1 Feb 2018 - Scientists have revealed for the first time that our rivers and oceans are so rife with plastic that miniscule particles are penetrating every stage of the food chain.
A new study found tiny ‘nanoplastics’ moving up through all four levels of their freshwater food chain – even penetrating the embryo wall so that they appeared in newly hatched fish.
Researchers also found that the minute particles – less than a billionth of a centimetre wide – damaged the fishes livers and made them lethargic so that they travelled shorter distances and patrolled a smaller area.
The plastic’s journey
The passage of the plastic in the study began when fragments stuck to an algae plant on the bottom rung of the food chain and ended up, via a water flea and a small fish, inside the eco-system’s top predator – the Korean dark chub.
This is an edible fish, indicating that the particles could make one further stop outside the marine ecosystem – at the dinner plate.
“Our findings clearly show that plastic particles are easily transferred through the food chain. And they strongly point to the potential health risks of nanoplastic exposure,” said Professor Youn-Joo An, of Konkuk University in Seoul.
“The presence of nanoplastics in edible fish suggests that they could also be transferred to humans through the same mechanism,” she added.
The new study, by Konkuk University in Seoul, goes much further than previous studies in determining how far plastic can travel along the food chain. Previous research has identified a single transfer between prey and predator.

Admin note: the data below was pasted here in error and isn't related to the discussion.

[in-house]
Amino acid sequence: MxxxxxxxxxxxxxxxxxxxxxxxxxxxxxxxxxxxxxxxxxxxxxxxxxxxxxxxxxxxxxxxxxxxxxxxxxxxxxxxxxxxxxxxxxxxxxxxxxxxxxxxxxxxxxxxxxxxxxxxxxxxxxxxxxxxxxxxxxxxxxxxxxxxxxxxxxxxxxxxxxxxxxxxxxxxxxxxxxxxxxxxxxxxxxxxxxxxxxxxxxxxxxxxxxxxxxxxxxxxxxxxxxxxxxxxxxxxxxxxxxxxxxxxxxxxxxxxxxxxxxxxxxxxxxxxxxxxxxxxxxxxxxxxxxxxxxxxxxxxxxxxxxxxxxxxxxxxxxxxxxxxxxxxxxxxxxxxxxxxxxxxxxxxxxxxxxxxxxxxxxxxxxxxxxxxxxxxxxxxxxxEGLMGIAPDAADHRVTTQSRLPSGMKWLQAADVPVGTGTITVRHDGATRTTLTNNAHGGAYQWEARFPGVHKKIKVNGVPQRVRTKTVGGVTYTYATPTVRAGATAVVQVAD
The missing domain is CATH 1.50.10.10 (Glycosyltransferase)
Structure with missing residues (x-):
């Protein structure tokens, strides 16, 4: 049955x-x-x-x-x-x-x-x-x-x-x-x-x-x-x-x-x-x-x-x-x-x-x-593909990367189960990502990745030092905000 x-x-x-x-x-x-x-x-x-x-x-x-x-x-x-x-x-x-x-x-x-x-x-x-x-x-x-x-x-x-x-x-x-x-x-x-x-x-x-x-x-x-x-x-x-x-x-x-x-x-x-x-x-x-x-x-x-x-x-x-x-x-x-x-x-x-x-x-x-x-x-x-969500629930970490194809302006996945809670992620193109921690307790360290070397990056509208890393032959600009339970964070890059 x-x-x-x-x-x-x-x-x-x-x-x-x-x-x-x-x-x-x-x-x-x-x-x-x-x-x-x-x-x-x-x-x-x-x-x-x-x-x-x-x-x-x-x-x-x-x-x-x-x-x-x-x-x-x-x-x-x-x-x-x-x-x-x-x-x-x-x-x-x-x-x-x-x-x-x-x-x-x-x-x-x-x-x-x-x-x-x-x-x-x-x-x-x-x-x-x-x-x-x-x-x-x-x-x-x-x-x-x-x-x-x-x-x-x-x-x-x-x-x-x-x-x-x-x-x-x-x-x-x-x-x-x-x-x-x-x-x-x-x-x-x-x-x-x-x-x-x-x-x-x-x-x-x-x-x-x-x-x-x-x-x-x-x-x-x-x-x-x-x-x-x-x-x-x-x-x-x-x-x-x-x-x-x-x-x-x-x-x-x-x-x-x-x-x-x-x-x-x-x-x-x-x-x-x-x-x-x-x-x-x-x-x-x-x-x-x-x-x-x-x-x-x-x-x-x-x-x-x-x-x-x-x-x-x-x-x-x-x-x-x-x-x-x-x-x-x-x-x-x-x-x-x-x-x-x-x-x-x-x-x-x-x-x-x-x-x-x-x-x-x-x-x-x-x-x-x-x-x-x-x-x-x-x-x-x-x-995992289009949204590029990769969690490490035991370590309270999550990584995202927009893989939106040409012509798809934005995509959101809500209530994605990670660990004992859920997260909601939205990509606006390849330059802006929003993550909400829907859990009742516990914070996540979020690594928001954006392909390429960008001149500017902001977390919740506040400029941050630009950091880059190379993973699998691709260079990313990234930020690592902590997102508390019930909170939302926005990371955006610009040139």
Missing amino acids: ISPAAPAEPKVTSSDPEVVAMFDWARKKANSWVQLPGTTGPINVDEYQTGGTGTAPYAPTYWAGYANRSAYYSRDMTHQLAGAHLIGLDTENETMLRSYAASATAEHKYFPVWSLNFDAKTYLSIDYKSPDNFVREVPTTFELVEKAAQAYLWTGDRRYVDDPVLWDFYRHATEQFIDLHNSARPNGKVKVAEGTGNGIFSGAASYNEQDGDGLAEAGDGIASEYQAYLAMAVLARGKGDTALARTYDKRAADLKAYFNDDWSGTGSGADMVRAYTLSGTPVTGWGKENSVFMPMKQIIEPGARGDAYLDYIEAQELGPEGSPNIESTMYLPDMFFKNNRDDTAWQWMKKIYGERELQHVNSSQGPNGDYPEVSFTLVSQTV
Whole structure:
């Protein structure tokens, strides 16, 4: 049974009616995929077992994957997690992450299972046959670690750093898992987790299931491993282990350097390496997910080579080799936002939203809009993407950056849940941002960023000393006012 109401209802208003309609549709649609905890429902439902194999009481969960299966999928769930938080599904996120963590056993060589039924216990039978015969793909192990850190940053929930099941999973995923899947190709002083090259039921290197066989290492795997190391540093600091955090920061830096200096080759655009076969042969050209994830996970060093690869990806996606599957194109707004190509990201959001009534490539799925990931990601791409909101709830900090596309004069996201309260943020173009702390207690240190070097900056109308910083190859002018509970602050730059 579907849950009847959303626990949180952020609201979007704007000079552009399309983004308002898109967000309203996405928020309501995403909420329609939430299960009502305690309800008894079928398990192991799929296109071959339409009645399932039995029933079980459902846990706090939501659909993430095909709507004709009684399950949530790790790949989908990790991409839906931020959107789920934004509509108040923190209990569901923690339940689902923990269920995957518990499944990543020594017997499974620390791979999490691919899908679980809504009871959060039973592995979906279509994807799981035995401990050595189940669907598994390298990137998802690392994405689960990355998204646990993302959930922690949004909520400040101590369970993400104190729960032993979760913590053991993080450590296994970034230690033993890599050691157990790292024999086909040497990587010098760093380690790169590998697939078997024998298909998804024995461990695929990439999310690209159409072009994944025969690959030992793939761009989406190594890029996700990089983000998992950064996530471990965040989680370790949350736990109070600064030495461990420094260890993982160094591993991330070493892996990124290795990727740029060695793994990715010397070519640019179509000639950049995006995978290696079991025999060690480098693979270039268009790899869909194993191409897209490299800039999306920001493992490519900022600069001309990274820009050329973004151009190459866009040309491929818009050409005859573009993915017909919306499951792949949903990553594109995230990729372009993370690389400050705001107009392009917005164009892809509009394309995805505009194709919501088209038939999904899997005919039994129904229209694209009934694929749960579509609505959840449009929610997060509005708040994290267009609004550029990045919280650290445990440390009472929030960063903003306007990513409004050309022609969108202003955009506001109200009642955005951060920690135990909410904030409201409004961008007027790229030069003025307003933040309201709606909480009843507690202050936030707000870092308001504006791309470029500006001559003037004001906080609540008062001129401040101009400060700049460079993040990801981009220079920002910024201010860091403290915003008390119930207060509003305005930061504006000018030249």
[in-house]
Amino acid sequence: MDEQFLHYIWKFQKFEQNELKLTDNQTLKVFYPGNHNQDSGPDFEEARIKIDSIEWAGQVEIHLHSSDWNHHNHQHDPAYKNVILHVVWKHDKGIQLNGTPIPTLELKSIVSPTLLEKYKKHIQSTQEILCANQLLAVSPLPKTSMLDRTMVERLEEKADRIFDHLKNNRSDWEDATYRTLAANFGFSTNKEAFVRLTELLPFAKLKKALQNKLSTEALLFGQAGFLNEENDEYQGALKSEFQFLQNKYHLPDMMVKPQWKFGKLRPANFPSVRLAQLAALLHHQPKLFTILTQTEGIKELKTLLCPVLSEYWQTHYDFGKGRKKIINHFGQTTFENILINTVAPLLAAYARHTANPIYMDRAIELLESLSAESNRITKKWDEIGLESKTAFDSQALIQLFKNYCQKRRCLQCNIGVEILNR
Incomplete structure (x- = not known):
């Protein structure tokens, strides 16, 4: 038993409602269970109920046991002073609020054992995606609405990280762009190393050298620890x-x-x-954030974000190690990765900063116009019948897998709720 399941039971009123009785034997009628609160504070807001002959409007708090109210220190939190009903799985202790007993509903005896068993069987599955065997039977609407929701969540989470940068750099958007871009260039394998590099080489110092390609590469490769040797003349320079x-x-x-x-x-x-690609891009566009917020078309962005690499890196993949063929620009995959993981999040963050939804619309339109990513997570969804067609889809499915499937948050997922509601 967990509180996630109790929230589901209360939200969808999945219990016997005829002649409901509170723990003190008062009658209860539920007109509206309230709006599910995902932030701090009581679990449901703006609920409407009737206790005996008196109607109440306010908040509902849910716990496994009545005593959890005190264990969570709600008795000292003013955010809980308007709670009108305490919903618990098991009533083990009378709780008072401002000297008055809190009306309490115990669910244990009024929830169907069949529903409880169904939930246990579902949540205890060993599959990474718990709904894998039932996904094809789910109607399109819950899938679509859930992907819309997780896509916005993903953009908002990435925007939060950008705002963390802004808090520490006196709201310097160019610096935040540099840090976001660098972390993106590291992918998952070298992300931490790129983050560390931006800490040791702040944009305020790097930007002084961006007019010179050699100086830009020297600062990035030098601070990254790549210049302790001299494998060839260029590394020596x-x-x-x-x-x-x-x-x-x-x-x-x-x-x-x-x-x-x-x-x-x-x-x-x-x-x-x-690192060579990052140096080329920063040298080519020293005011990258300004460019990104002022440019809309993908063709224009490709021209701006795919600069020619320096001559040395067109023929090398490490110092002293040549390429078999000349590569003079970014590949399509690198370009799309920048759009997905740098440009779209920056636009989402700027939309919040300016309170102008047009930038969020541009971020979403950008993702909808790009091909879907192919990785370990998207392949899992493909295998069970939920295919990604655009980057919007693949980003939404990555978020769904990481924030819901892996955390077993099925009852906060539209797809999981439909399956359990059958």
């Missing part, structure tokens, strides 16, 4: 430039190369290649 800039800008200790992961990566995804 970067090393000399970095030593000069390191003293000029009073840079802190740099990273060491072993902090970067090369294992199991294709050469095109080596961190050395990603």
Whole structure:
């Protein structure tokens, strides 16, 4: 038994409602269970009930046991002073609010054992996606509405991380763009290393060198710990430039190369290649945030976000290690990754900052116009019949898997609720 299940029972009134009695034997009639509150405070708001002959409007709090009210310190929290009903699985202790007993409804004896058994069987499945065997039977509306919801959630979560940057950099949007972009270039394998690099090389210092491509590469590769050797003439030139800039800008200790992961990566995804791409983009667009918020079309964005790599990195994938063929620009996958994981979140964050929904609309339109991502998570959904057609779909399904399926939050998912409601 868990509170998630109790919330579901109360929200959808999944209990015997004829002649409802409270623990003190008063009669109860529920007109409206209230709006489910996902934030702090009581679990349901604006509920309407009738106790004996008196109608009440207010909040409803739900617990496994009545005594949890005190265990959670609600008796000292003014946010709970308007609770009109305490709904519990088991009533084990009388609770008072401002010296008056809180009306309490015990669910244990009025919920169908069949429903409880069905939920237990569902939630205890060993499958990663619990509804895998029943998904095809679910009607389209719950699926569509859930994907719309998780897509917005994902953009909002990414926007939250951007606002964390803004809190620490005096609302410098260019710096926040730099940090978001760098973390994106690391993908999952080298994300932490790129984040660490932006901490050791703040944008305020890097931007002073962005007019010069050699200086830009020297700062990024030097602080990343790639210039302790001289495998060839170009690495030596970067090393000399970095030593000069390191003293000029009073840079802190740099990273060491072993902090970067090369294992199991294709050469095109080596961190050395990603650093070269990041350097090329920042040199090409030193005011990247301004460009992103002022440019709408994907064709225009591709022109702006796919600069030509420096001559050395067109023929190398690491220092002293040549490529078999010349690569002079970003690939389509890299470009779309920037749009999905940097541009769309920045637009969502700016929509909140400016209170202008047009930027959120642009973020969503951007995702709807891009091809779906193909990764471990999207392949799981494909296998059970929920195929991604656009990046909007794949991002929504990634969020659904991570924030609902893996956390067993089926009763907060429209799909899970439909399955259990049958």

It comes shortly after separate research found that tiny plastic particles are finding their way into fishes brains and giving them brain damage.
Campaigners said these studies were deeply worrying and underlined the need for dramatic action to stop the flow of plastic into the rivers and oceans – currently a rate of one truckload a minute.
“If polystyrene nanobeads can pass so easily up through the food chain and cause tissue damage and behavioural changes in fish, where do the implications end? Are we also eating nanoplastics?” said Dr David Santillo, a senior Greenpeace scientist based at Exeter University.
“This study gives us a sense of just how pervasive a problem we have created and how impossible it will be to control unless we stop the pollution at source,” he added.
What needs to be done
Dr Sue Kinsey, of the Marine Conservation Society, said: “The research shows the significant problems that plastics can cause to the wildlife in our oceans and highlights the urgent need to act now stop plastics getting into our seas.”
We need concerted action from Governments , industry and the general public to stop this tide of rubbish and need to introduce, as soon as possible, she said.
This should include policies on minimum recycled content for plastic products, taxes on hard to recycle plastics, the banning of polystyrene and black plastic, and the introduction of a deposit refund system for all drinks containers, Dr Kinsey said.